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Citizens of Earth preview - Slaying baddies and saving constituents as the Vice President

That's you on the right, in case you were wondering.


The wildly creative people over at Eden Industries are at it again. While we were busy cresting and troughing our way through a multitude of heavenly bodies and hurting our brains in the process, they've been hard at work developing their next title: an RPG where you play the Vice President and you actually get to play the role of public servant -- by ordering other people around.

Citizens of Earth is an RPG that works off the usual tropes of the genre, but gives us characters like the Baker, the Barista, the School Teacher, and the Homeless Guy, instead of the familiar warriors, wizards, and thieves. As the Vice President, you begin the game by returning to your rural home town to spend a few days in peace and quiet. All is not well, however, and soon, you set out to investigate the strange things that have been going on, using your powers of charisma and political will to recruit and cajole the town's populace to go out and fight for you.

Sounds like this was ripped right out of the news, really.


True to RPG standards, each character has his or her own unique abilities that they bring to the table. They don't just deliver the goods in active combat, however; Citizens of Earth is all about protecting your home town, and that town is an actual location in the game world. Whenever your minions aren't out in the wild doing your righteous bidding, they're living their lives and working at their day jobs in town. Some characters will sell you stuff, and some characters will give you gameplay benefits like vehicles you can travel around in. Eden hopes that this broad, specialized approach will encourage players to keep mixing up their party to experiment with different combinations of party powers and support benefits.

It has to be mentioned that the vehicles can also be brought into combat, too. INTERESTING.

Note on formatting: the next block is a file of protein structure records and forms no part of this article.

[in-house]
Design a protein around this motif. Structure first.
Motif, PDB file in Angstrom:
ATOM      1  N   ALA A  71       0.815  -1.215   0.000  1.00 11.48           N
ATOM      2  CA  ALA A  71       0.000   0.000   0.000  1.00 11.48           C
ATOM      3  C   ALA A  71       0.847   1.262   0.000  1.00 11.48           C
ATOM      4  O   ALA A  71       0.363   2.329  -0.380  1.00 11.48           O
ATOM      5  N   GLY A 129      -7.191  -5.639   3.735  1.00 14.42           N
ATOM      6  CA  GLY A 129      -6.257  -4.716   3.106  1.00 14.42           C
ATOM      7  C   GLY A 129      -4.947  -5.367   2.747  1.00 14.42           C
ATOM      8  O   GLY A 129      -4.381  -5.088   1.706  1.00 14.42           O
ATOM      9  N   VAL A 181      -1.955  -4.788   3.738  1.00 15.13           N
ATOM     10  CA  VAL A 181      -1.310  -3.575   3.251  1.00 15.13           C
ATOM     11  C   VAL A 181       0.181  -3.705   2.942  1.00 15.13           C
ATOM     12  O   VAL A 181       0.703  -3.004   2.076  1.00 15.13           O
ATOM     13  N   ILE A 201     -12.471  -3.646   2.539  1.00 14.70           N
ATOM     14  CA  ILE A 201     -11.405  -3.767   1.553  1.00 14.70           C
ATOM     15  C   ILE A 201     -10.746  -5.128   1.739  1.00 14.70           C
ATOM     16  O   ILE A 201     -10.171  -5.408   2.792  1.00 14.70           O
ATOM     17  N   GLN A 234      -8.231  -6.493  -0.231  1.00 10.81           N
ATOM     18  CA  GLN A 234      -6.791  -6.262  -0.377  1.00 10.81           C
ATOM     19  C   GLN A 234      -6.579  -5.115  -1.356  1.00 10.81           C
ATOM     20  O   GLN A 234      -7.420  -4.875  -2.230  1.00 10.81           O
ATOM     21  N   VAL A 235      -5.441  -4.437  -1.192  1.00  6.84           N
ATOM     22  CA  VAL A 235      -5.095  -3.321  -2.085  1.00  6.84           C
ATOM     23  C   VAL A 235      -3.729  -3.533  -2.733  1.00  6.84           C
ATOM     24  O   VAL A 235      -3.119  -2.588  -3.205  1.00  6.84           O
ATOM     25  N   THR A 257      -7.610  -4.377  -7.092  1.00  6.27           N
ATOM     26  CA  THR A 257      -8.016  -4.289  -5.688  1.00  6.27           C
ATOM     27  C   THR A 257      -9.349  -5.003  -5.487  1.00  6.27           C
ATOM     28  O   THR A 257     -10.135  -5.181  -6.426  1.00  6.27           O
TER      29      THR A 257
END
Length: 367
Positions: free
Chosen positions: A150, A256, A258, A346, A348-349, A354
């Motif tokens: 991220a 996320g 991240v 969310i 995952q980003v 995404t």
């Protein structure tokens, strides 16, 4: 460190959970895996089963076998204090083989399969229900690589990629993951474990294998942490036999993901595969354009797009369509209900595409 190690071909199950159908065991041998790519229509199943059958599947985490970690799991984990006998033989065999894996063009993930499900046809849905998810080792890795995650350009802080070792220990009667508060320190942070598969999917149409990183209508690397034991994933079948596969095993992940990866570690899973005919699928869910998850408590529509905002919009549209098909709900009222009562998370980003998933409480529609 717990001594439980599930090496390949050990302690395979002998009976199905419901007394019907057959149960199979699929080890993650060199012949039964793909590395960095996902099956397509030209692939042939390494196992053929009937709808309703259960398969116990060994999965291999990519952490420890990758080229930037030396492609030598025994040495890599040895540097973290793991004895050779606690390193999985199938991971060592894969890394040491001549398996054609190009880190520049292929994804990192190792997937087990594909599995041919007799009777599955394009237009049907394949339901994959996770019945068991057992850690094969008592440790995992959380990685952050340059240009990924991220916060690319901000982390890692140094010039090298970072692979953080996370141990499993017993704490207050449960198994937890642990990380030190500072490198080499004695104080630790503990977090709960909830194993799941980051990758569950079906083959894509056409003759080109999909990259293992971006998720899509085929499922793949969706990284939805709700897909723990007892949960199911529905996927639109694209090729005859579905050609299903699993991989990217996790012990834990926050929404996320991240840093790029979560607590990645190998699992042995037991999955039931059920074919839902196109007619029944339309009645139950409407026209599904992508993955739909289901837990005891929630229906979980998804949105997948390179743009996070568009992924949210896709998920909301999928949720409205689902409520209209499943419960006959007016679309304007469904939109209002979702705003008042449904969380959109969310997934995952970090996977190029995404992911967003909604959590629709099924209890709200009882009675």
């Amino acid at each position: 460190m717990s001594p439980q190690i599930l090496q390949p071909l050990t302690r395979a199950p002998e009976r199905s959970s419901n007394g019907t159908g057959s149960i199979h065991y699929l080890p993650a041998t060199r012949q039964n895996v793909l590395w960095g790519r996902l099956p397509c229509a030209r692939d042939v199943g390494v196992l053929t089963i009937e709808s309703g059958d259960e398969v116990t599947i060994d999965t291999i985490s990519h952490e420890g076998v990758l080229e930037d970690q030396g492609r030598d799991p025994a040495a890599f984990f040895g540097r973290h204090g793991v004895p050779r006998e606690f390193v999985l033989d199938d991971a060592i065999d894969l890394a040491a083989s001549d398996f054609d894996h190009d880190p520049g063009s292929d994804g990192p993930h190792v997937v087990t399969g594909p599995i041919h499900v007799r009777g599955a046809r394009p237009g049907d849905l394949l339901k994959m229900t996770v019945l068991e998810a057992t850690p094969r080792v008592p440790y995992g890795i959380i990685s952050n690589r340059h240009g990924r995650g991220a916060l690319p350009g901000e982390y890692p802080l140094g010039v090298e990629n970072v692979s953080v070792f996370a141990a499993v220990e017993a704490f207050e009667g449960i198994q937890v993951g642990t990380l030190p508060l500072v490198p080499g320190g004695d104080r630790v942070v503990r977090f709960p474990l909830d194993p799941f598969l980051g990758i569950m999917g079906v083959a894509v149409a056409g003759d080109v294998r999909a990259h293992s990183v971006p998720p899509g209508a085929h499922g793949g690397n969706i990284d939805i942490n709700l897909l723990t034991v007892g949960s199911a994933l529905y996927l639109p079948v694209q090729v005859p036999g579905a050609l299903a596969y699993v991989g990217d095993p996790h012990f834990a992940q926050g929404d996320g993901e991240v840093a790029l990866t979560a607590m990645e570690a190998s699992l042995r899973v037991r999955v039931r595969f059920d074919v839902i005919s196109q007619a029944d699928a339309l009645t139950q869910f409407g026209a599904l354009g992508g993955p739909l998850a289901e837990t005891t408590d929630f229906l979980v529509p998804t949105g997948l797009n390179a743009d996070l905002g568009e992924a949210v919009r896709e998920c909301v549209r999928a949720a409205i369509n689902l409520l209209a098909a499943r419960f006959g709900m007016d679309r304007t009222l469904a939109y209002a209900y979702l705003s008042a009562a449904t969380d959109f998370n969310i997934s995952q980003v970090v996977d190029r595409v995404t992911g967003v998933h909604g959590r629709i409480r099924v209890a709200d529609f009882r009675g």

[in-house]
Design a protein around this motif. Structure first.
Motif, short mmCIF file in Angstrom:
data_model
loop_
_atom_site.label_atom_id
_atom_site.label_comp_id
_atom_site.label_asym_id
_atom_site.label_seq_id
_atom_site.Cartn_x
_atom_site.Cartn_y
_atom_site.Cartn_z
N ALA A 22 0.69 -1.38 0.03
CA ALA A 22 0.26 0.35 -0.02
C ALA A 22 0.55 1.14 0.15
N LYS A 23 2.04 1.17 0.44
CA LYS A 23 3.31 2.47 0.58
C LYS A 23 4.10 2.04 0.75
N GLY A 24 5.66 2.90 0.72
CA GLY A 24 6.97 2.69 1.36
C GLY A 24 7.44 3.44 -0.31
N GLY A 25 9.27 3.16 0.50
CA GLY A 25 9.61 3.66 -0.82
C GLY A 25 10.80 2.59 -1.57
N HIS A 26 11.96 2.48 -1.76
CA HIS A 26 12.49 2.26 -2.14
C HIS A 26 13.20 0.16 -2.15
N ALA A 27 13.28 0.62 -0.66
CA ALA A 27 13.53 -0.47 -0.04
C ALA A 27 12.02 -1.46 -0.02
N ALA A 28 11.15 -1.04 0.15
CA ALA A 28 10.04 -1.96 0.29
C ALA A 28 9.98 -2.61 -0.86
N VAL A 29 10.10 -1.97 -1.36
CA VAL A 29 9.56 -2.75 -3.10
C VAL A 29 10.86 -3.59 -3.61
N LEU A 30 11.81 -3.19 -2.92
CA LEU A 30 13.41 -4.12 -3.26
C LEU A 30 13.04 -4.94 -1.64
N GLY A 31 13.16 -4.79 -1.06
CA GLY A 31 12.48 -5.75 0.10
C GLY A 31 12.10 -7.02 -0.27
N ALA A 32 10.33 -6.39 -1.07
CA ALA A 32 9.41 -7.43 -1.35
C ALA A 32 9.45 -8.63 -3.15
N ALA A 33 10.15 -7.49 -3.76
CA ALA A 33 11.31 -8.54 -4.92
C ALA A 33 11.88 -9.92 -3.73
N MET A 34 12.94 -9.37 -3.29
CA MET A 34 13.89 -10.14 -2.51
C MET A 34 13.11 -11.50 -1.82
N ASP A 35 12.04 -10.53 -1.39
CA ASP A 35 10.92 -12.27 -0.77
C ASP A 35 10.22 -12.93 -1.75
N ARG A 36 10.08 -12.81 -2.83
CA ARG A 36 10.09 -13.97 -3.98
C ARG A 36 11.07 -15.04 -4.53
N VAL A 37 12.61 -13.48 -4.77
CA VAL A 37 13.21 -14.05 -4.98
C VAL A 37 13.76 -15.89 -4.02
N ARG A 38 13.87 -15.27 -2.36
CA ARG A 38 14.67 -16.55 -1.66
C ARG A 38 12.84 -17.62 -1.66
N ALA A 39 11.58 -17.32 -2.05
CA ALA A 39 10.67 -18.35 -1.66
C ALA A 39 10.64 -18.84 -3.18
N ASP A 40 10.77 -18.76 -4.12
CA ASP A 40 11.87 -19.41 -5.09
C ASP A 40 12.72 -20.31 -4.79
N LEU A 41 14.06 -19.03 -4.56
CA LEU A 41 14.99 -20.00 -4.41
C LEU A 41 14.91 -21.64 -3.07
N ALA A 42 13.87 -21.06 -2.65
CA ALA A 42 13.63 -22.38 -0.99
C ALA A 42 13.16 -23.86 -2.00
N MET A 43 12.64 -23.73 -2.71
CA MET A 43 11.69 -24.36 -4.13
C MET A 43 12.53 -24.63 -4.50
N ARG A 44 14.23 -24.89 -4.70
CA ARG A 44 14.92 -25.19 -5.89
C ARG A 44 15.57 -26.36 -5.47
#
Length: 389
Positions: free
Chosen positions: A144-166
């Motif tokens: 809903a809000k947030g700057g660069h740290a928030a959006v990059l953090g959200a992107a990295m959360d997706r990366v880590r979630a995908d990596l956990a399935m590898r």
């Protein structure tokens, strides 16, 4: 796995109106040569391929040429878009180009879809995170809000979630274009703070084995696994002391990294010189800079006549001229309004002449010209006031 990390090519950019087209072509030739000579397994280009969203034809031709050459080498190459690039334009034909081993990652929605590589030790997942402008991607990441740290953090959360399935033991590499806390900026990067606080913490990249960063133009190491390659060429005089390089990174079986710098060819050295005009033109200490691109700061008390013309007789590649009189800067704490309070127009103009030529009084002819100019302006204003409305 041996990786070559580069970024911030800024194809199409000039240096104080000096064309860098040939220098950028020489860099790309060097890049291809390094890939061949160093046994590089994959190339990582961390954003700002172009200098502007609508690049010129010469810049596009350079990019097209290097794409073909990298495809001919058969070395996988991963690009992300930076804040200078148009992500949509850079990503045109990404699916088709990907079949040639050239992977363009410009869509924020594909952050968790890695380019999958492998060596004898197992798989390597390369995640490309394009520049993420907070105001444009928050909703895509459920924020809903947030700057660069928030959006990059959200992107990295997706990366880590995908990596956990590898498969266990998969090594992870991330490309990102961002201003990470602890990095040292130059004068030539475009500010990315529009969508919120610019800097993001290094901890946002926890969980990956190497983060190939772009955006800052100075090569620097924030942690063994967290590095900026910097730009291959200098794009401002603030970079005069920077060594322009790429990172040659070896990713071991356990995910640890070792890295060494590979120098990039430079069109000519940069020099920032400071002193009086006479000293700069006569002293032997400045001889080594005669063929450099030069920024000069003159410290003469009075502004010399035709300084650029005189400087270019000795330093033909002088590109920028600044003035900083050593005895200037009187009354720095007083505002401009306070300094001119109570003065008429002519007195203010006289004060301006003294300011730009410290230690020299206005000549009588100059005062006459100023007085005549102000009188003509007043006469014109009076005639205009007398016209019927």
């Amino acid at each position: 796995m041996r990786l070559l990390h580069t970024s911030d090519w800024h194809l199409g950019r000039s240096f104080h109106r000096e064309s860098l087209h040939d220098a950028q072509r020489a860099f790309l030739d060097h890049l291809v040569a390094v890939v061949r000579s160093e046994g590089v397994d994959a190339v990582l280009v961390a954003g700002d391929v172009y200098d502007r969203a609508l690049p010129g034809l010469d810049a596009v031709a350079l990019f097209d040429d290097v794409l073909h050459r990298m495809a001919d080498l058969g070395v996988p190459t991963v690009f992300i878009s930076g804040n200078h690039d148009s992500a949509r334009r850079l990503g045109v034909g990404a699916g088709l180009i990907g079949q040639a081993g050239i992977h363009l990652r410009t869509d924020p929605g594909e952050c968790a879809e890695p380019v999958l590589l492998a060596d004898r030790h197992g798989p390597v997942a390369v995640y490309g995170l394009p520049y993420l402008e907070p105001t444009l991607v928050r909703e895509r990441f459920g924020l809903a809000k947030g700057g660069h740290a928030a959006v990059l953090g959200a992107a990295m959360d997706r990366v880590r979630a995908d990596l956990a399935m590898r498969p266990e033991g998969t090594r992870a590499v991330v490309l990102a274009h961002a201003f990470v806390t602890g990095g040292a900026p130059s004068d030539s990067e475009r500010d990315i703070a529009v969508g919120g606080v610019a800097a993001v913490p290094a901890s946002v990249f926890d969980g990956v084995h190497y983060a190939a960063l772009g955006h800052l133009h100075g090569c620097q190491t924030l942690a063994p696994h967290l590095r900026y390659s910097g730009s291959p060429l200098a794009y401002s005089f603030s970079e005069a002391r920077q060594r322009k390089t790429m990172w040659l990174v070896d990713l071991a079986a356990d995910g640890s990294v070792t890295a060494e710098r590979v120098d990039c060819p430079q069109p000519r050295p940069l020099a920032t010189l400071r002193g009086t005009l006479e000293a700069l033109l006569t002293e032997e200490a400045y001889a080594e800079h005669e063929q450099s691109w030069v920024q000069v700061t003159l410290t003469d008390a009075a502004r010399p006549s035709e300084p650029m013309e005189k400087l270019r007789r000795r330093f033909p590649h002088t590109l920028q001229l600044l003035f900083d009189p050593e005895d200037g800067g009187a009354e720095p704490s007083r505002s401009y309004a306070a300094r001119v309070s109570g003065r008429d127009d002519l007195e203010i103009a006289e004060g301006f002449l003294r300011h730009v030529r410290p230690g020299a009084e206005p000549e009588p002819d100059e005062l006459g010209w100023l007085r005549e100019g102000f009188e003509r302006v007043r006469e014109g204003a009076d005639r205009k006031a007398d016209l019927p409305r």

"Broader, not longer." This is the mantra that Eden Industries is working with during the game's design process. A lot of content is planned for the final release, but most of it will be optional. To meet their design goal of offering something for a broad spectrum of the players out there, Eden made it possible to complete the game in as little as 10 hours, but also to go all out and explore and tinker with every little detail that they put into the game. Here's hoping that they can hit the sweet spot in terms of accessibility and depth.


Eden Industries made it a point to talk about the bad guys you'll be going up against throughout the course of the game. There's the Honey Bear -- it probably looks like what you think it looks like -- the Toupee Eagle, who has grown tired of being bald and now struts around with long blonde hair, and the Rastafarian Samurai, whom we're all hoping is just as awesome as his name implies. The devs have cited the classic SNES game Earthbound as an inspiration, and it really shows.

Combat will play out in the familiar JRPG manner, which I would imagine is two rows of opposing creatures beating the tar out of each other -- only this time without the planet-bashing and asteroid-throwing. Random encounters are thankfully nowhere to be found ("Because seriously, 1992 called and we let it have its feature back.") and there's a multiplayer arena mode for the more competitive RPGers out there. I'm not, really, but there is a certain Pokemon-ish charm in the idea. Librarians vs. town council workers, anyone?

An item trading mechanic is also being toyed with right now. It's possible that players will be able to trade certain things with each other, presumably to help each other completely unlock all that the game has to offer.


You've seen the screens and the art. Not exactly your grampa's 2D party-based RPG, if I dare say so. Eden Industries says that in spite of the retro style, Citizens of Earth will feature high resolution artwork and fancy effects like the ever-popular bloom lighting, real-time shadows, and a day/night cycle with dynamic lighting. It's like I've been warped to 15 years ago and all the impossible effects I wanted in my 2D VGA games suddenly came true!

Finally -- and this is a special treat for everyone who enjoyed Waveform -- Scott McFadyen, who composed the music in that game, is back for another round of zany auditory mayhem!


Citizens of Earth is being targeted for a simultaneous release on Windows, Mac, Linux, iOS, and Android, which means that if you're reading this, you are likely running a device that will eventually be able to run the game.

We'll have more as we get the information, but even now, Citizens of Earth looks like it's shaping up to be a game worth checking out. There's a unique and highly intriguing concept behind it, tried-and-tested gameplay conventions with a twist, and potentially all the things that made Pokemon enjoyable with none of the embarrassing cuteness. We'll be keeping our eyes on this one!

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